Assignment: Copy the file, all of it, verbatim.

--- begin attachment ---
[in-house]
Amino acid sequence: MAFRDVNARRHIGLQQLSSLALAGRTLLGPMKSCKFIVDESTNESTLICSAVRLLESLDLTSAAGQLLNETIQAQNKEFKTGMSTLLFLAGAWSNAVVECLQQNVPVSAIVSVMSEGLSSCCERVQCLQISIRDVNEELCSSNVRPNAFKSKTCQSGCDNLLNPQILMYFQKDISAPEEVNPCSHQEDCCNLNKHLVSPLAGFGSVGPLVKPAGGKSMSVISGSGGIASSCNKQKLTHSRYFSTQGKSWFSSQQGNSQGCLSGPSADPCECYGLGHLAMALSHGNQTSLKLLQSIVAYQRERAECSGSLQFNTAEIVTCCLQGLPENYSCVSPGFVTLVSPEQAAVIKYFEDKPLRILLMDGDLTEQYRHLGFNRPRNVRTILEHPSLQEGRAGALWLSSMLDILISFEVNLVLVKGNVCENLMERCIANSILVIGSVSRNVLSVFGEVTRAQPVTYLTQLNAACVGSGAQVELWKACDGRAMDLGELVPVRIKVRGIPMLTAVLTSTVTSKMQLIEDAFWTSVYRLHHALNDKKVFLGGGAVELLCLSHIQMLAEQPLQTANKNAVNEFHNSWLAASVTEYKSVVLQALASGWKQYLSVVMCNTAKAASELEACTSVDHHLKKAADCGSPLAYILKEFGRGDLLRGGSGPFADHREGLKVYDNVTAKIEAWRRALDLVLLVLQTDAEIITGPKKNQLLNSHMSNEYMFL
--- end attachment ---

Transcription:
[in-house]
Amino acid sequence: MAFRDVNARRHIGLQQLSSLALAGRTLLGPMKSCKFIVDESTNESTLICSAVRLLESLDLTSAAGQLLNETIQAQNKEFKTGMSTLLFLAGAWSNAVVECLQQNVPVSAIVSVMSEGLSSCCERVQCLQISIRDVNEELCSSNVRPNAFKSKTCQSGCDNLLNPQILMYFQKDISAPEEVNPCSHQEDCCNLNKHLVSPLAGFGSVGPLVKPAGGKSMSVISGSGGIASSCNKQKLTHSRYFSTQGKSWFSSQQGNSQGCLSGPSADPCECYGLGHLAMALSHGNQTSLKLLQSIVAYQRERAECSGSLQFNTAEIVTCCLQGLPENYSCVSPGFVTLVSPEQAAVIKYFEDKPLRILLMDGDLTEQYRHLGFNRPRNVRTILEHPSLQEGRAGALWLSSMLDILISFEVNLVLVKGNVCENLMERCIANSILVIGSVSRNVLSVFGEVTRAQPVTYLTQLNAACVGSGAQVELWKACDGRAMDLGELVPVRIKVRGIPMLTAVLTSTVTSKMQLIEDAFWTSVYRLHHALNDKKVFLGGGAVELLCLSHIQMLAEQPLQTANKNAVNEFHNSWLAASVTEYKSVVLQALASGWKQYLSVVMCNTAKAASELEACTSVDHHLKKAADCGSPLAYILKEFGRGDLLRGGSGPFADHREGLKVYDNVTAKIEAWRRALDLVLLVLQTDAEIITGPKKNQLLNSHMSNEYMFL